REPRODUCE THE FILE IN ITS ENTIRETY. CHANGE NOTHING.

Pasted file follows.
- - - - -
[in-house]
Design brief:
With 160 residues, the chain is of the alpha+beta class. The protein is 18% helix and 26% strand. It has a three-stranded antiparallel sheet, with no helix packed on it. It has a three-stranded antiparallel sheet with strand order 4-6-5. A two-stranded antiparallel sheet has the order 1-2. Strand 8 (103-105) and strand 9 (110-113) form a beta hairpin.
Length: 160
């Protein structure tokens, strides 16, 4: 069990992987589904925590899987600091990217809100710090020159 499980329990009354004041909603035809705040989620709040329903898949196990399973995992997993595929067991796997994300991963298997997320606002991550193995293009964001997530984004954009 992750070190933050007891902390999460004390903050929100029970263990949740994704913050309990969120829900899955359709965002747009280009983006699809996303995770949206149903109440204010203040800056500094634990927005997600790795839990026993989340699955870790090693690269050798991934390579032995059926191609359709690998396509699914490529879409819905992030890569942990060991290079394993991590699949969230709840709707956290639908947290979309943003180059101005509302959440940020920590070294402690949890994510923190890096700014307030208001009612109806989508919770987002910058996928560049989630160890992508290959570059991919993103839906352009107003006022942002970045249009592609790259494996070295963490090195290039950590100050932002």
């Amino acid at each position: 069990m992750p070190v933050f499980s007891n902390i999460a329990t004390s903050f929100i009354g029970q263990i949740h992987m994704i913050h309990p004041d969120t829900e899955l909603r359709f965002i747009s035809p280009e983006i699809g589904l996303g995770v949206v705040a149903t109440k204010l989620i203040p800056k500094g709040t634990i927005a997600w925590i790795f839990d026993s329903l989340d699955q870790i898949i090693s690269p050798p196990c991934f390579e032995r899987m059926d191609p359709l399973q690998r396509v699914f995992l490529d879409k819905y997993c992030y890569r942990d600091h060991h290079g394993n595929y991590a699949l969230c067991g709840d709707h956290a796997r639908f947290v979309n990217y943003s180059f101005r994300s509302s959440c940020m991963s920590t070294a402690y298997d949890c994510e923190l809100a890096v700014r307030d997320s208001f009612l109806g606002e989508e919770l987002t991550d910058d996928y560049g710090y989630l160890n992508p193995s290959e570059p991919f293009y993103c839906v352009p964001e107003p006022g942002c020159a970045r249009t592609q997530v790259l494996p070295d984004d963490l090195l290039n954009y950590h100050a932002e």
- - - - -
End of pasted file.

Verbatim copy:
[in-house]
Design brief:
With 160 residues, the chain is of the alpha+beta class. The protein is 18% helix and 26% strand. It has a three-stranded antiparallel sheet, with no helix packed on it. It has a three-stranded antiparallel sheet with strand order 4-6-5. A two-stranded antiparallel sheet has the order 1-2. Strand 8 (103-105) and strand 9 (110-113) form a beta hairpin.
Length: 160
């Protein structure tokens, strides 16, 4: 069990992987589904925590899987600091990217809100710090020159 499980329990009354004041909603035809705040989620709040329903898949196990399973995992997993595929067991796997994300991963298997997320606002991550193995293009964001997530984004954009 992750070190933050007891902390999460004390903050929100029970263990949740994704913050309990969120829900899955359709965002747009280009983006699809996303995770949206149903109440204010203040800056500094634990927005997600790795839990026993989340699955870790090693690269050798991934390579032995059926191609359709690998396509699914490529879409819905992030890569942990060991290079394993991590699949969230709840709707956290639908947290979309943003180059101005509302959440940020920590070294402690949890994510923190890096700014307030208001009612109806989508919770987002910058996928560049989630160890992508290959570059991919993103839906352009107003006022942002970045249009592609790259494996070295963490090195290039950590100050932002």
């Amino acid at each position: 069990m992750p070190v933050f499980s007891n902390i999460a329990t004390s903050f929100i009354g029970q263990i949740h992987m994704i913050h309990p004041d969120t829900e899955l909603r359709f965002i747009s035809p280009e983006i699809g589904l996303g995770v949206v705040a149903t109440k204010l989620i203040p800056k500094g709040t634990i927005a997600w925590i790795f839990d026993s329903l989340d699955q870790i898949i090693s690269p050798p196990c991934f390579e032995r899987m059926d191609p359709l399973q690998r396509v699914f995992l490529d879409k819905y997993c992030y890569r942990d600091h060991h290079g394993n595929y991590a699949l969230c067991g709840d709707h956290a796997r639908f947290v979309n990217y943003s180059f101005r994300s509302s959440c940020m991963s920590t070294a402690y298997d949890c994510e923190l809100a890096v700014r307030d997320s208001f009612l109806g606002e989508e919770l987002t991550d910058d996928y560049g710090y989630l160890n992508p193995s290959e570059p991919f293009y993103c839906v352009p964001e107003p006022g942002c020159a970045r249009t592609q997530v790259l494996p070295d984004d963490l090195l290039n954009y950590h100050a932002e």